While working on the cluster, you may need to perform operations such as copy, delete, sync, find, etc. on a very large number of files or on files that are very large in size. While we do recommend to first have a look whether you can reduce the number of files you need to handle e.g. by packing them (because both the file system Lustre that is driving BIGWORK and the controllers of the disk drives have limits how many files they can handle at once. That means that if you need more IOPs, the overall performance you get may deteriorate significantly), we also realize that this frequently is more a long-term project. For this reason, we provide some parallel tools provided by the MPI-based package mpiFileUtils. The standard Unix commands like
find are often comparatively slow, as they are implemented as single process applications.
As a typical example, consider copying directories containing a large number of files from your $BIGWORK to the local $TMPDIR storage on the compute nodes you allocated for further processing by your job, or/and transferring computation results back to your $BIGWORK.
Another example would be a quick freeing up of space in your $BIGWORK by first copying files to your $PROJECT storage and then deleting them from $BIGWORK.
Also, you could utilize the command
dsync, if you use your $PROJECT storage for backing up directories on your $BIGWORK.
Below we will look at some of the mpiFileUtils tools in these and other practical examples.
In order to speed up the recursive transfer of the contents of the directory
$TMPDIR/dest on a compute node, put the lines below in your job script or enter them at the command prompt of your interactive job - we assume that you've requested 8 cores for your batch job:
module load GCC/8.3.0 OpenMPI/3.1.4 mpifileutils/0.11 mpirun -np 8 dcp $BIGWORK/source/ $TMPDIR/dest
Please note a trailing slash (
/) on the source path, which means “copy the contents of the source directory”. If the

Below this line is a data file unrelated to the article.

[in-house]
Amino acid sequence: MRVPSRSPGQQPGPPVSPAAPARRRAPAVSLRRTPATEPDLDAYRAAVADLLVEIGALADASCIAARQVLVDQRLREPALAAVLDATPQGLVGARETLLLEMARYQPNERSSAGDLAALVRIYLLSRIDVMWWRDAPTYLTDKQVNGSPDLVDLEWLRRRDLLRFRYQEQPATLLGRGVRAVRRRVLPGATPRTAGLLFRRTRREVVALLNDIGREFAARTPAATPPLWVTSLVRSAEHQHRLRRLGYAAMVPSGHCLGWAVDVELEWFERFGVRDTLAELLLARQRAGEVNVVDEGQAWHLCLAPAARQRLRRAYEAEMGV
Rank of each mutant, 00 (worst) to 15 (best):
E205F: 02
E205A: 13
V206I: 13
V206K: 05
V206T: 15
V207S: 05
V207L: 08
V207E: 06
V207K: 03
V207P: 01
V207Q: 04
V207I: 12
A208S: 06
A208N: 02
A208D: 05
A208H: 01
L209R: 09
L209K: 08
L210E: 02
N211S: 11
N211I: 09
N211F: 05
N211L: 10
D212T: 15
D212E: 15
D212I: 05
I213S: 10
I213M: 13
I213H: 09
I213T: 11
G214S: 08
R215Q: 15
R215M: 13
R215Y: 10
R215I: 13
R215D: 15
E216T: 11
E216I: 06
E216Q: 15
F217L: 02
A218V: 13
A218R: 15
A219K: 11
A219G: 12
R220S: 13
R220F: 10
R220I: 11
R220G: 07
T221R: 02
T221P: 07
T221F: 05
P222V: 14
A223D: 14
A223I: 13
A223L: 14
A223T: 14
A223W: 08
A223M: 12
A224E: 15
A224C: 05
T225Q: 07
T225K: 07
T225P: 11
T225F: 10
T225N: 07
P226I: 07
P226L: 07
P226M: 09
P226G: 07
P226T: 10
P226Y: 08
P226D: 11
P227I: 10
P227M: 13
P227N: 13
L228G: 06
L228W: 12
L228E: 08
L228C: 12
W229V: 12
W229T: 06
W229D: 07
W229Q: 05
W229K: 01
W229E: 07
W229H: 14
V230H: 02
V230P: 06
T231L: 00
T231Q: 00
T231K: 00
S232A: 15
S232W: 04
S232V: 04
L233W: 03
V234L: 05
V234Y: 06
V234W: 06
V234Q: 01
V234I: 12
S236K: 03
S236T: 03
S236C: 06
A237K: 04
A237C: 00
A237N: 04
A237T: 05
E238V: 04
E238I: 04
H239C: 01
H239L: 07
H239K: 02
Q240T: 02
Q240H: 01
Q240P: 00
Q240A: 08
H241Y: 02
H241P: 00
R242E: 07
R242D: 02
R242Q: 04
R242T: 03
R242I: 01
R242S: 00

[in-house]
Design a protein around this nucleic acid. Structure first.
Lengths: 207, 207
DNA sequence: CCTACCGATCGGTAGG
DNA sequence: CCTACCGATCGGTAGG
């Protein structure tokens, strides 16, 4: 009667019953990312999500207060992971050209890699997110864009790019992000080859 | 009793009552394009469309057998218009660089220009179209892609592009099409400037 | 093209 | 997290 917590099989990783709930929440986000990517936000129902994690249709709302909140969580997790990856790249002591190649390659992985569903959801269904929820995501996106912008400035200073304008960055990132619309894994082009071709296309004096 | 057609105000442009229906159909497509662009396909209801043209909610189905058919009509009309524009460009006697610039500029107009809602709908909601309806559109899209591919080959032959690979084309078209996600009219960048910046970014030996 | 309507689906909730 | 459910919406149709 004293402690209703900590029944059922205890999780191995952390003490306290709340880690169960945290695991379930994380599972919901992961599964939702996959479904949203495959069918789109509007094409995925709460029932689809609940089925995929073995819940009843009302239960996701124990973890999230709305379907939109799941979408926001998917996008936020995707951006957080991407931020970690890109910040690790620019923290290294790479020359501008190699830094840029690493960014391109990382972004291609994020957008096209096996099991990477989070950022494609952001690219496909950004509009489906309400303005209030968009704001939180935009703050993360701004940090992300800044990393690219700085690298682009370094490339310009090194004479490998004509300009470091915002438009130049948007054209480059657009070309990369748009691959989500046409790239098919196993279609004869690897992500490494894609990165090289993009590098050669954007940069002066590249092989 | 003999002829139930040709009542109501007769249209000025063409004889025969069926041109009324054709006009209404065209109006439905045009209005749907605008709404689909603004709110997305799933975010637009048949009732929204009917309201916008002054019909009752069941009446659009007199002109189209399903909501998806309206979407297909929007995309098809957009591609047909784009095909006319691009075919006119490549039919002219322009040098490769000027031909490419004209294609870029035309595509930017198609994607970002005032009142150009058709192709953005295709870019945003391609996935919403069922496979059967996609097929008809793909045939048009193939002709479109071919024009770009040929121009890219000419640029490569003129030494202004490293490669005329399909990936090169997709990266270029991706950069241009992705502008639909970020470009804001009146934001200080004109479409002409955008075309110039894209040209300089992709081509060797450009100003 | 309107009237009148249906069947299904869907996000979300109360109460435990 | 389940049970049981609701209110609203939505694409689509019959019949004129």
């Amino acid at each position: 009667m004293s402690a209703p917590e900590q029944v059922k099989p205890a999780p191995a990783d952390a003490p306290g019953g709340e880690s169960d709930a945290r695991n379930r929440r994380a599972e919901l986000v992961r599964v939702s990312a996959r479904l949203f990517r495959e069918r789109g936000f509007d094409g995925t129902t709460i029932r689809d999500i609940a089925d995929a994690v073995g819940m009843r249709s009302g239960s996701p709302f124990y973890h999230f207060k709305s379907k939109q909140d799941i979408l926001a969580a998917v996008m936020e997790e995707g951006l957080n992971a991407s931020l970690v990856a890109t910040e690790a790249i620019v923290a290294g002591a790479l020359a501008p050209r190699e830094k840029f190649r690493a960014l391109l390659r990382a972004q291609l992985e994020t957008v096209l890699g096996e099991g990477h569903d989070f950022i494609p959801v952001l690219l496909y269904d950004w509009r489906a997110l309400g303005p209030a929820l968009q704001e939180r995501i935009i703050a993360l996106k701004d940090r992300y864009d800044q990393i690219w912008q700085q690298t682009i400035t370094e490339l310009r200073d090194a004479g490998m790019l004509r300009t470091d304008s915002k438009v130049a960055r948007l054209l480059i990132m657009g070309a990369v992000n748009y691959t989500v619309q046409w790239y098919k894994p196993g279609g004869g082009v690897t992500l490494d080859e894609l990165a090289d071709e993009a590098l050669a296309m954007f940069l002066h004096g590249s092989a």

$TMPDIR/dest directory does not exist before copying, it will be created.
dcp (distributed copy) in parallel with 8 MPI processes.
$BIGWORK/dir and its contents can be removed quickly using the
drm (distributed remove) command:
mpirun -np 8 drm $BIGWORK/dir
Note: here and below we assume that the module
mpifileutils/0.11 is already loaded.
drm supports the option
--match allowing to delete files selectively. See
man drm for more information.
The next useful command is
dfind - a parallel version of the unix command
find. In this example we find all files on $BIGWORK larger than 1GB and write them to a file:
mpirun -np 8 dfind -v --output files_1GB.txt --size +1GB $BIGWORK
To learn more about other
dfind options, type
If you want to synchronize the directory
$PROJECT/dest such that the directory
has content, ownership, timestamps and permissions of
mpirun -np 8 dsync -D $BIGWORK/source $PROJECT/dest
Note that for this example the
dsync command has to be launched on the login node where both $BIGWORK and $PROJECT are available.
The last mpiFileUtils tools we consider in this section are
dbz2. The following creates a compressed archive
mydir.tar.dbz2 of the directory
mpirun -np 8 dtar -c -f mydir.tar mydir mpirun -np 8 dbz2 -z mydir.tar
Please note: If the directory to be archived is located on your $HOME, the archive file itself should be placed on $BIGWORK.
Please note: Transferring a large number of files from the cluster to an external server or vice versa as a single (compressed) tar archive is much more efficient than copying files individually.
Some other useful commands are:
dstripe- restripe(lustre) files in paths
dwalk- list, sort, summarize files
ddup– find duplicate files
A complete list of mpiFileUtils utilities and their description can be found at http://mpifileutils.readthedocs.io/.